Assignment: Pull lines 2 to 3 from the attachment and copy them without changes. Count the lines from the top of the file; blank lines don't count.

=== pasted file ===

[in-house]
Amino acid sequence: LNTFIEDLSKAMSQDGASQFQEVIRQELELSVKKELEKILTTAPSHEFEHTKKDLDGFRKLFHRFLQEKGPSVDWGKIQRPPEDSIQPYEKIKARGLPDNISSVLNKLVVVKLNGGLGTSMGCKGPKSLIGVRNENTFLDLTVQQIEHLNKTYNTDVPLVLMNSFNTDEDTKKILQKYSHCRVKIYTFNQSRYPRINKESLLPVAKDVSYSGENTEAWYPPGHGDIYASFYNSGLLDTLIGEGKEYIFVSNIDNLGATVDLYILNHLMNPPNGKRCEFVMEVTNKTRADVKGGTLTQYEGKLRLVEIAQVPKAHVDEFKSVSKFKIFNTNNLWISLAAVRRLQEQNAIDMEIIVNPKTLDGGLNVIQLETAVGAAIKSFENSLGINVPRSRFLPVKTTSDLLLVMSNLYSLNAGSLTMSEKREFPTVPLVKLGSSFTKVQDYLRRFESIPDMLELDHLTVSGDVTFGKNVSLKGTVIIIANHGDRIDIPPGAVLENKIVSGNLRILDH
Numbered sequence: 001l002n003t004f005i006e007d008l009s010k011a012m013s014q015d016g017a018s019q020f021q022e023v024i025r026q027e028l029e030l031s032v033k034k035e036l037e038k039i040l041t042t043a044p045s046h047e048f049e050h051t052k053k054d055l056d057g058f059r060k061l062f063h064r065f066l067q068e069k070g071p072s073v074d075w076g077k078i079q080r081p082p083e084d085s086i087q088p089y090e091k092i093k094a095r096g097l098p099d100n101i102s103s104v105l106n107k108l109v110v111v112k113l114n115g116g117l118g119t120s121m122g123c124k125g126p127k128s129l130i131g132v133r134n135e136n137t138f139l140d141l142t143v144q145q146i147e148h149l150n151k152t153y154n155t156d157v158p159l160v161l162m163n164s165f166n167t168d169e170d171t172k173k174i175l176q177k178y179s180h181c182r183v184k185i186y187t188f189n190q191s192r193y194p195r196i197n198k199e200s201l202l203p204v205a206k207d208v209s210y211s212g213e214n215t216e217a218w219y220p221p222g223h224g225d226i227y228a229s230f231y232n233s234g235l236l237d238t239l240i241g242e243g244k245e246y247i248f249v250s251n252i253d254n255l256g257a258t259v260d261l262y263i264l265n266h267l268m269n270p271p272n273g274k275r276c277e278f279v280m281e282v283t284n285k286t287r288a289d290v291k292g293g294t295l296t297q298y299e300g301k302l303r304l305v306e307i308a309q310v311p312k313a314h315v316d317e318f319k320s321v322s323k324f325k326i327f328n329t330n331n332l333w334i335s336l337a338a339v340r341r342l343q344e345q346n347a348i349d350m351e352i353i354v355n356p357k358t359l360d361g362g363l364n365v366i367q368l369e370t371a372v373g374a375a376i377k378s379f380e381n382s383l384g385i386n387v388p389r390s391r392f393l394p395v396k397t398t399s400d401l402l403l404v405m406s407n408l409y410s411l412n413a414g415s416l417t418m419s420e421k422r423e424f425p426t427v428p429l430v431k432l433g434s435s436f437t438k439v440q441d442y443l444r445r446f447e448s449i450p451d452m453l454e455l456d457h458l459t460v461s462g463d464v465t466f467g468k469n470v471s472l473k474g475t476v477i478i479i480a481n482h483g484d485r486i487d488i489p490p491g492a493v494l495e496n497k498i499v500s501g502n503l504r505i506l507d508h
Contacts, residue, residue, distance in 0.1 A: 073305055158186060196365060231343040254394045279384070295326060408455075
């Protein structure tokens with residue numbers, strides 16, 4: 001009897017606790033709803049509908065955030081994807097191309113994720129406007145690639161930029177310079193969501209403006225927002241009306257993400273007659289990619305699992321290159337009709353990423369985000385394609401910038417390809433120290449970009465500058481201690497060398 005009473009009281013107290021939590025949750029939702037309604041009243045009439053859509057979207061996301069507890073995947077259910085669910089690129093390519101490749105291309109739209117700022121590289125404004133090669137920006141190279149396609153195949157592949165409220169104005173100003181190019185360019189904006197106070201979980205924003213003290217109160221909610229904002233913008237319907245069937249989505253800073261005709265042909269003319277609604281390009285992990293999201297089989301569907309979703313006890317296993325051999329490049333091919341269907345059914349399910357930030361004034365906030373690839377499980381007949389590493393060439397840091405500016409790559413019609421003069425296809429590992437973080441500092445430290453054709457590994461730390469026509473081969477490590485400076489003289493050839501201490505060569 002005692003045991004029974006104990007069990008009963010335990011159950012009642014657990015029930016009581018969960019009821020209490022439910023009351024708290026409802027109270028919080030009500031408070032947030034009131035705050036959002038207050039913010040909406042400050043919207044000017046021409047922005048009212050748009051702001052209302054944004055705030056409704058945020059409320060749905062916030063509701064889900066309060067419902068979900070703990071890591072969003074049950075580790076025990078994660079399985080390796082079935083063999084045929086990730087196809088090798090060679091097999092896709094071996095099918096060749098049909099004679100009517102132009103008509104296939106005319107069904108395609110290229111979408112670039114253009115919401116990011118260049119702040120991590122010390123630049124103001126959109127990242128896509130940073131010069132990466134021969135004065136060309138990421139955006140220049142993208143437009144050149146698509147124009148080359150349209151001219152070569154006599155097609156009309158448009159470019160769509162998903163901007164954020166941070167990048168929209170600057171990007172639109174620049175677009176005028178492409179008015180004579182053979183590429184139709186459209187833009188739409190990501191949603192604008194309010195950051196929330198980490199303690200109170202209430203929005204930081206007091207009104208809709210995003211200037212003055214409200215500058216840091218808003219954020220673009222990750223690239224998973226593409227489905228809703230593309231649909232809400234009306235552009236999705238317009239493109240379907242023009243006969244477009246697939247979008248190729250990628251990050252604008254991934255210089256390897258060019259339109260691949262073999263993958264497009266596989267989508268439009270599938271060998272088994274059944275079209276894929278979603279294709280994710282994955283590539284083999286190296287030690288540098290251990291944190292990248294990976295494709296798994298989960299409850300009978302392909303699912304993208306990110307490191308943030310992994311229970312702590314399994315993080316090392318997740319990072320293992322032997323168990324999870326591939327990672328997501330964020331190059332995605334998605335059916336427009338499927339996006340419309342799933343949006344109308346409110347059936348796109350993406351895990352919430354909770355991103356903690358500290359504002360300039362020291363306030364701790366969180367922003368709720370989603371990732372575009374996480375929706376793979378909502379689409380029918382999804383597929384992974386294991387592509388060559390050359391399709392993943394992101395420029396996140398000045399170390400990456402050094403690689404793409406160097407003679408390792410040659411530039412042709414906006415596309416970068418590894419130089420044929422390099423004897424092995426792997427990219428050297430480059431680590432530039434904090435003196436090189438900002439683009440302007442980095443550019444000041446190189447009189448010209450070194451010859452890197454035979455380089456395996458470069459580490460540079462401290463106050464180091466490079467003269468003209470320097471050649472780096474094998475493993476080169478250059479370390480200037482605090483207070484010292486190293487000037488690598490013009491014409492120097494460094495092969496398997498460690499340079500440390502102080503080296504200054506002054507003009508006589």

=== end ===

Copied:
Amino acid sequence: LNTFIEDLSKAMSQDGASQFQEVIRQELELSVKKELEKILTTAPSHEFEHTKKDLDGFRKLFHRFLQEKGPSVDWGKIQRPPEDSIQPYEKIKARGLPDNISSVLNKLVVVKLNGGLGTSMGCKGPKSLIGVRNENTFLDLTVQQIEHLNKTYNTDVPLVLMNSFNTDEDTKKILQKYSHCRVKIYTFNQSRYPRINKESLLPVAKDVSYSGENTEAWYPPGHGDIYASFYNSGLLDTLIGEGKEYIFVSNIDNLGATVDLYILNHLMNPPNGKRCEFVMEVTNKTRADVKGGTLTQYEGKLRLVEIAQVPKAHVDEFKSVSKFKIFNTNNLWISLAAVRRLQEQNAIDMEIIVNPKTLDGGLNVIQLETAVGAAIKSFENSLGINVPRSRFLPVKTTSDLLLVMSNLYSLNAGSLTMSEKREFPTVPLVKLGSSFTKVQDYLRRFESIPDMLELDHLTVSGDVTFGKNVSLKGTVIIIANHGDRIDIPPGAVLENKIVSGNLRILDH
Numbered sequence: 001l002n003t004f005i006e007d008l009s010k011a012m013s014q015d016g017a018s019q020f021q022e023v024i025r026q027e028l029e030l031s032v033k034k035e036l037e038k039i040l041t042t043a044p045s046h047e048f049e050h051t052k053k054d055l056d057g058f059r060k061l062f063h064r065f066l067q068e069k070g071p072s073v074d075w076g077k078i079q080r081p082p083e084d085s086i087q088p089y090e091k092i093k094a095r096g097l098p099d100n101i102s103s104v105l106n107k108l109v110v111v112k113l114n115g116g117l118g119t120s121m122g123c124k125g126p127k128s129l130i131g132v133r134n135e136n137t138f139l140d141l142t143v144q145q146i147e148h149l150n151k152t153y154n155t156d157v158p159l160v161l162m163n164s165f166n167t168d169e170d171t172k173k174i175l176q177k178y179s180h181c182r183v184k185i186y187t188f189n190q191s192r193y194p195r196i197n198k199e200s201l202l203p204v205a206k207d208v209s210y211s212g213e214n215t216e217a218w219y220p221p222g223h224g225d226i227y228a229s230f231y232n233s234g235l236l237d238t239l240i241g242e243g244k245e246y247i248f249v250s251n252i253d254n255l256g257a258t259v260d261l262y263i264l265n266h267l268m269n270p271p272n273g274k275r276c277e278f279v280m281e282v283t284n285k286t287r288a289d290v291k292g293g294t295l296t297q298y299e300g301k302l303r304l305v306e307i308a309q310v311p312k313a314h315v316d317e318f319k320s321v322s323k324f325k326i327f328n329t330n331n332l333w334i335s336l337a338a339v340r341r342l343q344e345q346n347a348i349d350m351e352i353i354v355n356p357k358t359l360d361g362g363l364n365v366i367q368l369e370t371a372v373g374a375a376i377k378s379f380e381n382s383l384g385i386n387v388p389r390s391r392f393l394p395v396k397t398t399s400d401l402l403l404v405m406s407n408l409y410s411l412n413a414g415s416l417t418m419s420e421k422r423e424f425p426t427v428p429l430v431k432l433g434s435s436f437t438k439v440q441d442y443l444r445r446f447e448s449i450p451d452m453l454e455l456d457h458l459t460v461s462g463d464v465t466f467g468k469n470v471s472l473k474g475t476v477i478i479i480a481n482h483g484d485r486i487d488i489p490p491g492a493v494l495e496n497k498i499v500s501g502n503l504r505i506l507d508h